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Five Uniquely Shaped Suburban Homes – Chicago Magazine

There are five unconventional designs on the market right now that challenge the status quo. Whether it’s six intersecting trapezoids, a dome-shaped structure, a towering geometric treehouse, or a pair of A-frames, all five of these suburban properties achieve originality in their architecture (plus, they’re all set in beautiful rural settings). Some homeowners may think that living in such a uniquely shaped space is weird or impractical, but not everyone wants to live in a boring old box. Let’s not forget that the triangular building known as the A-frame became one of the most recognizable shapes in the 1960s and 70s before losing its cool. Today, these designs are gaining popularity again among homeowners looking to revive a nostalgic 20th-century building type (though their open interiors and unvented ceilings have led to climate control issues). Even if weird shapes aren’t your thing when it comes to finding a potential new home, I think one of the following five properties might just change your mind.

On the market for the first time since it was built 50 years ago, this Palos Park home sits at the bottom of a ravine overlooking Mill Creek. Nearby, you’ll find Pallas Park Woods, McCloughey Springs Woods, and the Cal-Sag Canal. The asking price is $1.1 million, which isn’t surprising when you look around at this stunning property made with natural materials like brick, wood and boulders. Influenced by Frank Lloyd Wright, the home’s original owner took six years to create this one-of-a-kind structure consisting of six intersecting trapezoids. The interior merges with the exterior, because there is a ravine all around. Living room and bedroom windows offer amazing views of trees and wildlife.

Fifty years ago New York Times article argued that “the dome as a house gains popularity” shortly after Buckminster Fuller created a geodesic dome at the Montreal International and World’s Fair in 1967. Although considered energy efficient, durable and quick to build, this type of housing never became as popular as predicted. Designed by architect Gerald Bunting in 1978, this one-of-a-kind bath house features geometric windows and a 900 sq. ft. circular deck. Thorn Creek Woods Preserve. Currently listed at $365,000, the current owner is offering a $10,000 credit for new kitchen counters and other interior updates.

This former architect’s home in West Chicago is located at the end of a private road between the Country and Golf Club of St. Andrews and Old Wayne Golf Club. This unique angular structure is elevated above the ground to take advantage of a site full of mature trees and wildlife. The three-bedroom, three-bathroom residence features an open floor plan with high ceilings, lofts and an impressive staircase that connects all three levels. Sliding glass doors from the kitchen open directly onto the massive covered balcony. Similar to the Palos Park property, this is another great contemporary design with a great view.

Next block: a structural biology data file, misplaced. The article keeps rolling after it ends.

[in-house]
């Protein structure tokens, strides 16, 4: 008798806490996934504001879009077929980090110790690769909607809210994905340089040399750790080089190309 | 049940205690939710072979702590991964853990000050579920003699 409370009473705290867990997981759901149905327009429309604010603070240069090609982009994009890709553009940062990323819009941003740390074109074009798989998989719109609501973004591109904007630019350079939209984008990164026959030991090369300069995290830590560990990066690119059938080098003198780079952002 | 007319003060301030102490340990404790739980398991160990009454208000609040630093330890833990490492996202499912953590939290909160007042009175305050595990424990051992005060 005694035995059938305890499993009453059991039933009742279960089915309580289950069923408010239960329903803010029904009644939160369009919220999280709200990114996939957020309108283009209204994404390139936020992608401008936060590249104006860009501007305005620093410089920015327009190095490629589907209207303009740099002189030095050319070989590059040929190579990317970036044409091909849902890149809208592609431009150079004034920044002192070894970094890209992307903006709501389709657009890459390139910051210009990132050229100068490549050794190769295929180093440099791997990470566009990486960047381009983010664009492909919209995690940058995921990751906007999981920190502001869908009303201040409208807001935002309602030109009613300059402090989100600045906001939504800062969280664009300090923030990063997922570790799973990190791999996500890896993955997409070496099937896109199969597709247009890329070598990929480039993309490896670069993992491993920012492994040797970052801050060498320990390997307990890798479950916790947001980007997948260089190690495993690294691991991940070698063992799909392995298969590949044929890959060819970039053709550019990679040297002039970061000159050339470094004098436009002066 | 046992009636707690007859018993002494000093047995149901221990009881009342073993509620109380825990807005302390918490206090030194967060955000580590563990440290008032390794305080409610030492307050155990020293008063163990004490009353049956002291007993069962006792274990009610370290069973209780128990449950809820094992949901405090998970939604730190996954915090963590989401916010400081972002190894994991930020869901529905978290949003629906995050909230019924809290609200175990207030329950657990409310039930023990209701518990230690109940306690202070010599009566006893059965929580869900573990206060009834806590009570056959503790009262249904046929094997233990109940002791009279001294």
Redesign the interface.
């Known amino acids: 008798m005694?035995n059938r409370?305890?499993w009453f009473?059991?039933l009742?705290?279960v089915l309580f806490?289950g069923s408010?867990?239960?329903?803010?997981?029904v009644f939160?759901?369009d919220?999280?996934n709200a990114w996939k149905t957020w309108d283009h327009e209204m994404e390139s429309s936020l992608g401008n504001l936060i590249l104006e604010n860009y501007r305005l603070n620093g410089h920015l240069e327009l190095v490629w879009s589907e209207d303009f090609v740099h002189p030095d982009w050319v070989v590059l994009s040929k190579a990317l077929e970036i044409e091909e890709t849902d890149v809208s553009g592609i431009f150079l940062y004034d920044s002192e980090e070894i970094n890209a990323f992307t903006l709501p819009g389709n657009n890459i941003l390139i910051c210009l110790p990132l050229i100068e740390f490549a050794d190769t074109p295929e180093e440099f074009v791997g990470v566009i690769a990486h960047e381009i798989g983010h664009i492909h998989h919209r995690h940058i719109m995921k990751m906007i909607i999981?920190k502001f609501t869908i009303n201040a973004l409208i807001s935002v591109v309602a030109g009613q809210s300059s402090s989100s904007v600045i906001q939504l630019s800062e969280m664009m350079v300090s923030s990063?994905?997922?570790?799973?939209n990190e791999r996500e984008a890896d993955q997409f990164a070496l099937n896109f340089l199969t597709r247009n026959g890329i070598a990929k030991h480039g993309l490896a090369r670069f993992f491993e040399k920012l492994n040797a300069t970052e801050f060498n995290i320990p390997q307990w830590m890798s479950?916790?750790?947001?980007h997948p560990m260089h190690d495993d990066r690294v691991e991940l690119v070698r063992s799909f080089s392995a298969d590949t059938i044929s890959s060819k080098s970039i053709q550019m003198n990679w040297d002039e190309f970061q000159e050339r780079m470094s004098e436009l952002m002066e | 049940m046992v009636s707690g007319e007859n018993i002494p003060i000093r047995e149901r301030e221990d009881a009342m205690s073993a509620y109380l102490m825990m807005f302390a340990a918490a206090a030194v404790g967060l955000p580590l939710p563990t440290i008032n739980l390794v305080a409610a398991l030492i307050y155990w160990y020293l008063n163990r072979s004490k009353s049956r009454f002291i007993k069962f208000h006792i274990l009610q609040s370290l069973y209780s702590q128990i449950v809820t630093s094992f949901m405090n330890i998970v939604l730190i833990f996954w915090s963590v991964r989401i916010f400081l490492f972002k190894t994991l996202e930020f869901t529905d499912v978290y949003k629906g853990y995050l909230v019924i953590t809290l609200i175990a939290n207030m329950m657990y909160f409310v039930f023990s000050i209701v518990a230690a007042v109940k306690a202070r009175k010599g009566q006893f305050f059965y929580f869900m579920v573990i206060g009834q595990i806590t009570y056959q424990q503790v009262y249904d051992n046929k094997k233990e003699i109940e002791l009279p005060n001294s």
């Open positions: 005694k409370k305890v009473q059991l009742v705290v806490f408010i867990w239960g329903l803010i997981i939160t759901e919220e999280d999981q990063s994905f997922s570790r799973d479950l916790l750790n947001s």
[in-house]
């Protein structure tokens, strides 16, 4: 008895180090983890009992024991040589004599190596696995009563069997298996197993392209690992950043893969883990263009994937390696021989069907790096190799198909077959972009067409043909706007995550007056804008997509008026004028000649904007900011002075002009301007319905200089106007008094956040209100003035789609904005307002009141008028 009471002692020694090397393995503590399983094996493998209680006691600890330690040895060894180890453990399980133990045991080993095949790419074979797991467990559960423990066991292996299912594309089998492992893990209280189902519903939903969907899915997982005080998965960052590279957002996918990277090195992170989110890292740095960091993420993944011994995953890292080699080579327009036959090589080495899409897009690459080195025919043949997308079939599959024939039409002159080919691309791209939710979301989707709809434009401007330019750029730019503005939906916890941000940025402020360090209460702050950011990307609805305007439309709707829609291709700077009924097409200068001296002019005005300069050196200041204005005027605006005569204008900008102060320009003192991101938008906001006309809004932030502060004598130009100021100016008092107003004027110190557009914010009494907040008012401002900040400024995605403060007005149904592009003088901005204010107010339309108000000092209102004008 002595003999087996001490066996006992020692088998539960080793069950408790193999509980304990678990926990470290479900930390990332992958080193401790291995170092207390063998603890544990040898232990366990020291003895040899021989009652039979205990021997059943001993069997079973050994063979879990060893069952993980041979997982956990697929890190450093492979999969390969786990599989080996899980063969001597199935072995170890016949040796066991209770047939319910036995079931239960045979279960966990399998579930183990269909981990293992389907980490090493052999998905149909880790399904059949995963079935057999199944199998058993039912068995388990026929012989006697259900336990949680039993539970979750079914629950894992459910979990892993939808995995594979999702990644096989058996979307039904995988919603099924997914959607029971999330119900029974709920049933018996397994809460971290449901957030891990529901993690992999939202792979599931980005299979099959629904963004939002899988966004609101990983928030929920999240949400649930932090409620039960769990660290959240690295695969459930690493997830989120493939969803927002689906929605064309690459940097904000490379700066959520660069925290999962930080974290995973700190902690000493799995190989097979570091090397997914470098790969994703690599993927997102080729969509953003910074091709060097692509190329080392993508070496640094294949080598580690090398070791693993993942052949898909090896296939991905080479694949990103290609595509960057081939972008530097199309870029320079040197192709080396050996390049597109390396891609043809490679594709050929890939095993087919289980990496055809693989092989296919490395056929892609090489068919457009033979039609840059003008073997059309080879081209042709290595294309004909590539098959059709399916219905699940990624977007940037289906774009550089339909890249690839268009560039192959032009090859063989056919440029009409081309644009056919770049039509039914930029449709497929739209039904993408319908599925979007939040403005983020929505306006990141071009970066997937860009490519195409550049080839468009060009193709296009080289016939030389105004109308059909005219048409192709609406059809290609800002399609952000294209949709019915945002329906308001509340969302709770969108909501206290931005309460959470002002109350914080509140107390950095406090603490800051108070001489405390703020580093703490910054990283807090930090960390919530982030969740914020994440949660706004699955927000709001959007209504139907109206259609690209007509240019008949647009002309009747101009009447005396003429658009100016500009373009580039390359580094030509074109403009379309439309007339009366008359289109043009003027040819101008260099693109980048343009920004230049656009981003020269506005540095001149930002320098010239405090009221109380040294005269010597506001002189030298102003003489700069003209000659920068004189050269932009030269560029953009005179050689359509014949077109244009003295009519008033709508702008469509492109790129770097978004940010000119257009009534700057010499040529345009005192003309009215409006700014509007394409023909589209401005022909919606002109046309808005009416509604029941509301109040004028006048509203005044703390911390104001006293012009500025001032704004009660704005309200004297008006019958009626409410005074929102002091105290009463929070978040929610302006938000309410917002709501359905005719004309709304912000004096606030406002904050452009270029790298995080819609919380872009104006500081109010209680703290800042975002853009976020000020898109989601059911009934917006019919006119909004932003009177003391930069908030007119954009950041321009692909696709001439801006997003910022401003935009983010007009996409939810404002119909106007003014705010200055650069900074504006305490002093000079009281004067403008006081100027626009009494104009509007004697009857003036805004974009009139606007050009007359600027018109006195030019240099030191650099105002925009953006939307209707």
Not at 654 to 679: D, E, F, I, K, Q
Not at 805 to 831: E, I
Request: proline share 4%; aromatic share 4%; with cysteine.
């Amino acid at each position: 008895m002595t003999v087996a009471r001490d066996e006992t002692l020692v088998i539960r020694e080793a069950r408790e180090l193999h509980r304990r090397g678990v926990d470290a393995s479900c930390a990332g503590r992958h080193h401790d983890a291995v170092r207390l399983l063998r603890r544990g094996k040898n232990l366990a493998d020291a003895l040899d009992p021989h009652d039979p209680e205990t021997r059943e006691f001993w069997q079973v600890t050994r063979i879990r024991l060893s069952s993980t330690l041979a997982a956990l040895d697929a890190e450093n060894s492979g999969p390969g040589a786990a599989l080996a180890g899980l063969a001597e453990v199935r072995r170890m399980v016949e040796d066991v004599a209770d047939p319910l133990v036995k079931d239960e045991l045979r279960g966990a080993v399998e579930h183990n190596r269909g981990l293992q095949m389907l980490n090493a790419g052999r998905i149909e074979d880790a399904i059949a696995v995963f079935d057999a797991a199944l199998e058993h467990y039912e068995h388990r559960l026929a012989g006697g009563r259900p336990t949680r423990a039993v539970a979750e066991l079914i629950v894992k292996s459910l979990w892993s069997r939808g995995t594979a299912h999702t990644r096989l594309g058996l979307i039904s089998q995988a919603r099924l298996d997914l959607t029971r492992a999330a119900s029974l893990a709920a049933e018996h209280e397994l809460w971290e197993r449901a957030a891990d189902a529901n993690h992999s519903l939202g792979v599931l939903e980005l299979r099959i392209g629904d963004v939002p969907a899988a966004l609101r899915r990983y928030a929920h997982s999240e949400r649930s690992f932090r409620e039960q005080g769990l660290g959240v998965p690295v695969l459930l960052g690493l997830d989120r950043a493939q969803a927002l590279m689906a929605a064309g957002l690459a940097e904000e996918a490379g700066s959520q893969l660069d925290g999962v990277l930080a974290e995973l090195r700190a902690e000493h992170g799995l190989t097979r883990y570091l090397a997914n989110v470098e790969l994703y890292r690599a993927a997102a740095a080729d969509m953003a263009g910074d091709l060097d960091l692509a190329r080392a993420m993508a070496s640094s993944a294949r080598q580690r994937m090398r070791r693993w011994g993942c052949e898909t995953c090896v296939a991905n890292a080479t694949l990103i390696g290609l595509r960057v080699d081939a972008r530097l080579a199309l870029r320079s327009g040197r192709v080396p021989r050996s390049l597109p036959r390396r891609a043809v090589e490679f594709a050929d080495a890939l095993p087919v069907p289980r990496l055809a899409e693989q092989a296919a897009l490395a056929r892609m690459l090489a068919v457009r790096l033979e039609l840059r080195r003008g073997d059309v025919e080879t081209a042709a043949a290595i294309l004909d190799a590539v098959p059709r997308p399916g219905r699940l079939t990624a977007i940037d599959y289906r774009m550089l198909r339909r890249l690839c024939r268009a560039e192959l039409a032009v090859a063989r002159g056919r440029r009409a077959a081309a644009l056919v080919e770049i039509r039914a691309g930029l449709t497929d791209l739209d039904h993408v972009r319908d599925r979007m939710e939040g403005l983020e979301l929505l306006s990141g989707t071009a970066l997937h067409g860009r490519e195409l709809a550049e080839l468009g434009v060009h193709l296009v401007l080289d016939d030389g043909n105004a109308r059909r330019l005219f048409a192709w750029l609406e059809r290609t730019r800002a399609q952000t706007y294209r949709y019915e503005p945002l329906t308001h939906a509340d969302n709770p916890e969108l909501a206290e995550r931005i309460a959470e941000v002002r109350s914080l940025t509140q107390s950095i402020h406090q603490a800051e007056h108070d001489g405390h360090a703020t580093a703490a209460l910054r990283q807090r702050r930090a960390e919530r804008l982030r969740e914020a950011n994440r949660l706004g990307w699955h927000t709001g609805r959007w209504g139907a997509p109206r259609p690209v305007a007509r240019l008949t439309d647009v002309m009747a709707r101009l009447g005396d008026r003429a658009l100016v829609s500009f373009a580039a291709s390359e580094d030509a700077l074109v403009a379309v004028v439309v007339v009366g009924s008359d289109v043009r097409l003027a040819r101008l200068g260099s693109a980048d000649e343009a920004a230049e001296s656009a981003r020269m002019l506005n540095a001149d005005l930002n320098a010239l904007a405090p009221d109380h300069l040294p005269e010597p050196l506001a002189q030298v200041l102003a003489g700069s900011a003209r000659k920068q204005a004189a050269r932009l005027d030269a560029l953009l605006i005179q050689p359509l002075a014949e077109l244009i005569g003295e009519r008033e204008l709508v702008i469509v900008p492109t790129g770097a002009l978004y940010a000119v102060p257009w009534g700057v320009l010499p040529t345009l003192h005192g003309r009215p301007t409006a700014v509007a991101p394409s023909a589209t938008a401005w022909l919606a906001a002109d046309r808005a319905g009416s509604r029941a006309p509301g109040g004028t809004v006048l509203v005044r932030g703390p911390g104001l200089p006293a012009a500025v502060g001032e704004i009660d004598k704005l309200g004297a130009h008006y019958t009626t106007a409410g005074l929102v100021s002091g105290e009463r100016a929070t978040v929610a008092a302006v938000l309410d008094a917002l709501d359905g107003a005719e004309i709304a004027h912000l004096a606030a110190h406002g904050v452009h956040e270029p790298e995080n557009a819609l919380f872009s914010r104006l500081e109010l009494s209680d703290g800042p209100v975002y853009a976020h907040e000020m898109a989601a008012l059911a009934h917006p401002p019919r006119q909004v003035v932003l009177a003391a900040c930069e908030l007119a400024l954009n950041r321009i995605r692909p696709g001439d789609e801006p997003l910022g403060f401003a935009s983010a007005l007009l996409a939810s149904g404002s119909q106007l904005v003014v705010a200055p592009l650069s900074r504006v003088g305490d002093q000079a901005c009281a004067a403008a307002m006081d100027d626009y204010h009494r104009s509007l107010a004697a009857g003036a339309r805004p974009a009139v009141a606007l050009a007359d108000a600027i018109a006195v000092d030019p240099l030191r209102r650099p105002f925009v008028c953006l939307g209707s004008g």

Stay in West Chicago to share this beautifully updated A-frame situated on an acre with a private pond and in-ground pool. The four-bedroom, four-bathroom home features an updated interior, including whitewashed wood beams and a brand new kitchen with quartz countertops. There are plenty of outdoor spaces with multiple balconies and patios, as well as a covered grilling area. Not only is the home just steps from the IL Prairie Path, but Timber Ridge County Forest, West Dupage Woods, and Cantigny Park are all nearby.

Here’s another A-frame for sale, this time in Woodstock. With its charming town square and a one-hour Union Pacific Northwest Line train ride to Chicago, there’s a lot to love about this McHenry County town. This three-bedroom, four-bathroom home has some great interior features like a floating staircase, exposed wood walls, and multiple wood-burning fireplaces. But the main advantage of any A-frame is the huge window that spans two levels of the house, letting in lots of natural light. The 6.6 acre rural property also includes its own private woodlands, walking trails, native prairie plants, a chicken coop (sale of owner’s chickens negotiable) and two outbuildings.


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